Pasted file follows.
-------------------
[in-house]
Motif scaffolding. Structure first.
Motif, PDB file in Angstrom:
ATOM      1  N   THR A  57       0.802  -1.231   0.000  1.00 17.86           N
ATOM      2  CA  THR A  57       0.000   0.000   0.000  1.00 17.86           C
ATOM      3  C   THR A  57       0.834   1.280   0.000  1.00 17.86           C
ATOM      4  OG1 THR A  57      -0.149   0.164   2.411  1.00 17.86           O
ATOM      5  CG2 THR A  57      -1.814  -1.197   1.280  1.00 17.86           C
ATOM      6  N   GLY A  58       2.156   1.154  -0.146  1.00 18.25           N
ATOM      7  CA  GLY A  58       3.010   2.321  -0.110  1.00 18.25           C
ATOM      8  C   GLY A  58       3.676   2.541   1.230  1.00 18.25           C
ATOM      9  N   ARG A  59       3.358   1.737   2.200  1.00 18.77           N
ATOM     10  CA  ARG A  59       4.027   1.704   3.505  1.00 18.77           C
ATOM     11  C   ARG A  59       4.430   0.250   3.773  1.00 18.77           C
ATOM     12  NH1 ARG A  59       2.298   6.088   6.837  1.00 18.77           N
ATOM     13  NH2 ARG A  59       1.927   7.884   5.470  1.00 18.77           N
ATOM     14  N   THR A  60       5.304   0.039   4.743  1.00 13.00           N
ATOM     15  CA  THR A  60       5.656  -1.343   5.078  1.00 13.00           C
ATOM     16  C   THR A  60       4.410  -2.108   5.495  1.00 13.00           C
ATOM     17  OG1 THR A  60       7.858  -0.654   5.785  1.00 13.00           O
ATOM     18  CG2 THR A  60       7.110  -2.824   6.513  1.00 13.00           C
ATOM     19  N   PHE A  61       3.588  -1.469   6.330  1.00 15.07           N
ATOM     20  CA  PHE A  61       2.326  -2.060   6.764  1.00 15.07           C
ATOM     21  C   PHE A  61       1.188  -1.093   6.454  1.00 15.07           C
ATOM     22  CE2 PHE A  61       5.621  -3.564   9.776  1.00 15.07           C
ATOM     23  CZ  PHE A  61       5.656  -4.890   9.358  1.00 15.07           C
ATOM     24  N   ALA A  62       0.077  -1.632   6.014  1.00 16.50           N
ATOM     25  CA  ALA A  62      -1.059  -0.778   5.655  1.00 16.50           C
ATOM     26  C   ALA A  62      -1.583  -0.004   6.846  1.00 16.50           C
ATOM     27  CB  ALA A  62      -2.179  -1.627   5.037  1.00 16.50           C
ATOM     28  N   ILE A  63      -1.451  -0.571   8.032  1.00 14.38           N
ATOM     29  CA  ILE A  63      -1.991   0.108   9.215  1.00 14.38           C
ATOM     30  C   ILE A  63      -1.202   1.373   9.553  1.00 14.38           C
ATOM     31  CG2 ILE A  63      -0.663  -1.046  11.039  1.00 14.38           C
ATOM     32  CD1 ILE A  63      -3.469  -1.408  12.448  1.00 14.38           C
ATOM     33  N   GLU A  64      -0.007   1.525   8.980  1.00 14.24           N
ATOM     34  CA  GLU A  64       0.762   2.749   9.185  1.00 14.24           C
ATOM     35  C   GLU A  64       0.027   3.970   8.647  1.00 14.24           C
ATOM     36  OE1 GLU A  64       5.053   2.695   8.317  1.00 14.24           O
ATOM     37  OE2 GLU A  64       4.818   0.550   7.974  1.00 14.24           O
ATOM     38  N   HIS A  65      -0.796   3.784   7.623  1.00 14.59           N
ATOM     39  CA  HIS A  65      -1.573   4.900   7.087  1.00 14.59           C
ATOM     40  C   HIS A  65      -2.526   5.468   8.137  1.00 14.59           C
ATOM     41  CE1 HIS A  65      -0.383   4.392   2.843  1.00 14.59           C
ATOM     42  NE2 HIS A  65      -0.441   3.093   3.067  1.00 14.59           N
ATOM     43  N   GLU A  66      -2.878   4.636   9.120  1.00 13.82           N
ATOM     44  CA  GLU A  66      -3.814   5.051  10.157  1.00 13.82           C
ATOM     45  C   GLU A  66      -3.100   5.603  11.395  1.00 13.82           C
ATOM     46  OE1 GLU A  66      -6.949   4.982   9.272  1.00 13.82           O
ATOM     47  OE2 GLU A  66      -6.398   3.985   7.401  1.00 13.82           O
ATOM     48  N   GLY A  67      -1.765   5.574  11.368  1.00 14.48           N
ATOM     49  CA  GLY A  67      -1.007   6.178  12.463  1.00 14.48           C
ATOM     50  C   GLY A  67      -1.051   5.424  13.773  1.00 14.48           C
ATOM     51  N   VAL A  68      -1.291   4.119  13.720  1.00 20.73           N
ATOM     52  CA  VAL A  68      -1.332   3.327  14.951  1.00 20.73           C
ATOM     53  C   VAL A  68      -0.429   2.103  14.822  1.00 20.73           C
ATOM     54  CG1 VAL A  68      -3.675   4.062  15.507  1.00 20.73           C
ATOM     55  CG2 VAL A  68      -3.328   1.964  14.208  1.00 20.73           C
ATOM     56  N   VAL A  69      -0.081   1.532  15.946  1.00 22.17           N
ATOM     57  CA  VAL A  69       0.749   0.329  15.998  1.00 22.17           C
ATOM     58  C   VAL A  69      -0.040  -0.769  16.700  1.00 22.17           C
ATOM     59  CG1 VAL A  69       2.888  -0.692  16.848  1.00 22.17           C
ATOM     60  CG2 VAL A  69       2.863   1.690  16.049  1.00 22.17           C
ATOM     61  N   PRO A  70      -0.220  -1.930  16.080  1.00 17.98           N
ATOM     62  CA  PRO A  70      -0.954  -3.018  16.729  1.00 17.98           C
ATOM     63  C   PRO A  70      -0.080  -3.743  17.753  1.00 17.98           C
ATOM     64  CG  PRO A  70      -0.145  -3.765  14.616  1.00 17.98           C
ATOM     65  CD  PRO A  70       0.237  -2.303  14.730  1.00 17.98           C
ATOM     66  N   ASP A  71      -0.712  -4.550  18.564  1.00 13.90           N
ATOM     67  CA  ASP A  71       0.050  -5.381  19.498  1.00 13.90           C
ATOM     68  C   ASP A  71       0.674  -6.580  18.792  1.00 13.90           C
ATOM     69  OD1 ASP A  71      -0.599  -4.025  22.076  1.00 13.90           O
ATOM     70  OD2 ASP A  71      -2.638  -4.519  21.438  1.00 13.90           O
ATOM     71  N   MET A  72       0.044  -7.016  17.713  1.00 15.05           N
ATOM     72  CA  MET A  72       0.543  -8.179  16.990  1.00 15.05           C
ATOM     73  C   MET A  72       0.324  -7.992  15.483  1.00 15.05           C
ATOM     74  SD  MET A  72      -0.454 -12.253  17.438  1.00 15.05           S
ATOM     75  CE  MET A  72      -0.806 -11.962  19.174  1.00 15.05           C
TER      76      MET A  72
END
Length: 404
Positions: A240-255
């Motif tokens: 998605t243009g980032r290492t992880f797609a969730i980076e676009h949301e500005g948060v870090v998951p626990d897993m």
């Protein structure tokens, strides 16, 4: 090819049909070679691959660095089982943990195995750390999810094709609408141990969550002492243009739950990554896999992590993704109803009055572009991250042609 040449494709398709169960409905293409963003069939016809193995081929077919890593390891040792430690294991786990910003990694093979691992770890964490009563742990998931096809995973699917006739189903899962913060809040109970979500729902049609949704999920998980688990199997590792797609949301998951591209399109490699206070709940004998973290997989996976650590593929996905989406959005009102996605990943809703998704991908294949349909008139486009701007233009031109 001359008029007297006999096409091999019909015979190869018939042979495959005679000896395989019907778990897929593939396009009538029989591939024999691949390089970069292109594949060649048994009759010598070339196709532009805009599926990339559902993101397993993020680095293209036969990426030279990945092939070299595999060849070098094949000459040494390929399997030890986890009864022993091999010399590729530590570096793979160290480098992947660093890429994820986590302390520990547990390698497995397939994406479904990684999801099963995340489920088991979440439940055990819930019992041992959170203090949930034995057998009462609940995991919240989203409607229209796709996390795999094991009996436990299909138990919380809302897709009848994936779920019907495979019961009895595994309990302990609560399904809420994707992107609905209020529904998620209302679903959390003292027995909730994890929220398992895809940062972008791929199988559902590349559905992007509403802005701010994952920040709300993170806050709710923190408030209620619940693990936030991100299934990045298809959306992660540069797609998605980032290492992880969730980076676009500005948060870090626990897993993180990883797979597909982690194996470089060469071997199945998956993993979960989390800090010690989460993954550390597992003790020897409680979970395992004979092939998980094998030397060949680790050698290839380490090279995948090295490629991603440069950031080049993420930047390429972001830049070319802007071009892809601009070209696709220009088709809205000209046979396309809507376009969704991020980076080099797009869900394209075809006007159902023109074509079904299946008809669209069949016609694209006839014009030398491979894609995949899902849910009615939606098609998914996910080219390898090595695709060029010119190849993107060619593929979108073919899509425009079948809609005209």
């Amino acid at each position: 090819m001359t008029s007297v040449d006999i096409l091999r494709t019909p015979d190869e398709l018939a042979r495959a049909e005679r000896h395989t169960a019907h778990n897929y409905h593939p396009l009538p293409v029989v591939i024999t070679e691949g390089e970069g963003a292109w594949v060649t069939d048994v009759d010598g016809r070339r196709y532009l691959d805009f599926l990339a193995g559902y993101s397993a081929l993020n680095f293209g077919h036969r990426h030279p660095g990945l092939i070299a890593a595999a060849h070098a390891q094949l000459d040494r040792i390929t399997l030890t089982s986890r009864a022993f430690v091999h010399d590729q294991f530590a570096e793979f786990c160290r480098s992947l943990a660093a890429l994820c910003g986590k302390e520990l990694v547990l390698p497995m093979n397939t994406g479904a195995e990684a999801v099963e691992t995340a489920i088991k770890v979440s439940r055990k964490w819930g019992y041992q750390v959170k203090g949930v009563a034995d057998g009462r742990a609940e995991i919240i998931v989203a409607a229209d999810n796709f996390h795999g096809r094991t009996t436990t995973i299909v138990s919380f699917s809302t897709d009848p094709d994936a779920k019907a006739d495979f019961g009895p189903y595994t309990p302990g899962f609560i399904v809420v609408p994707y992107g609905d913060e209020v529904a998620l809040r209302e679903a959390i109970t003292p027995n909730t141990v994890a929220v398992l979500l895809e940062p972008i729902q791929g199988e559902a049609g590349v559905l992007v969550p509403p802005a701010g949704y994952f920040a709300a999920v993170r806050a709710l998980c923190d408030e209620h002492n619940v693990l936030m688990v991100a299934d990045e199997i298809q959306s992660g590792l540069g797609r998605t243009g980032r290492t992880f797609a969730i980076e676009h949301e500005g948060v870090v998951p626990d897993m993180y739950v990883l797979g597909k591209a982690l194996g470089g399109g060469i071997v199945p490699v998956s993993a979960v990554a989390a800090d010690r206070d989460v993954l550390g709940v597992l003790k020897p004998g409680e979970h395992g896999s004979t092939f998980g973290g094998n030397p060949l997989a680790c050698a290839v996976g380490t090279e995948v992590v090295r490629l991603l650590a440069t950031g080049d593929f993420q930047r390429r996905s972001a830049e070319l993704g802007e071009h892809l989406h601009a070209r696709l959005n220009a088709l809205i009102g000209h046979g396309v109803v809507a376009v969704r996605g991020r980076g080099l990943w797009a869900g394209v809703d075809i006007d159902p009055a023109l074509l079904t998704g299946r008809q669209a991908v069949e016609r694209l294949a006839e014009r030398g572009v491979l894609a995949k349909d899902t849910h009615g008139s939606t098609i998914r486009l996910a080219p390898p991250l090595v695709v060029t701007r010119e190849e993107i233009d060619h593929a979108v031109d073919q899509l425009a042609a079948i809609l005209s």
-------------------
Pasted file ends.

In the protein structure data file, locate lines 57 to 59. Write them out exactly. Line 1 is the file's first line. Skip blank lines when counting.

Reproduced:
ATOM     54  CG1 VAL A  68      -3.675   4.062  15.507  1.00 20.73           C
ATOM     55  CG2 VAL A  68      -3.328   1.964  14.208  1.00 20.73           C
ATOM     56  N   VAL A  69      -0.081   1.532  15.946  1.00 22.17           N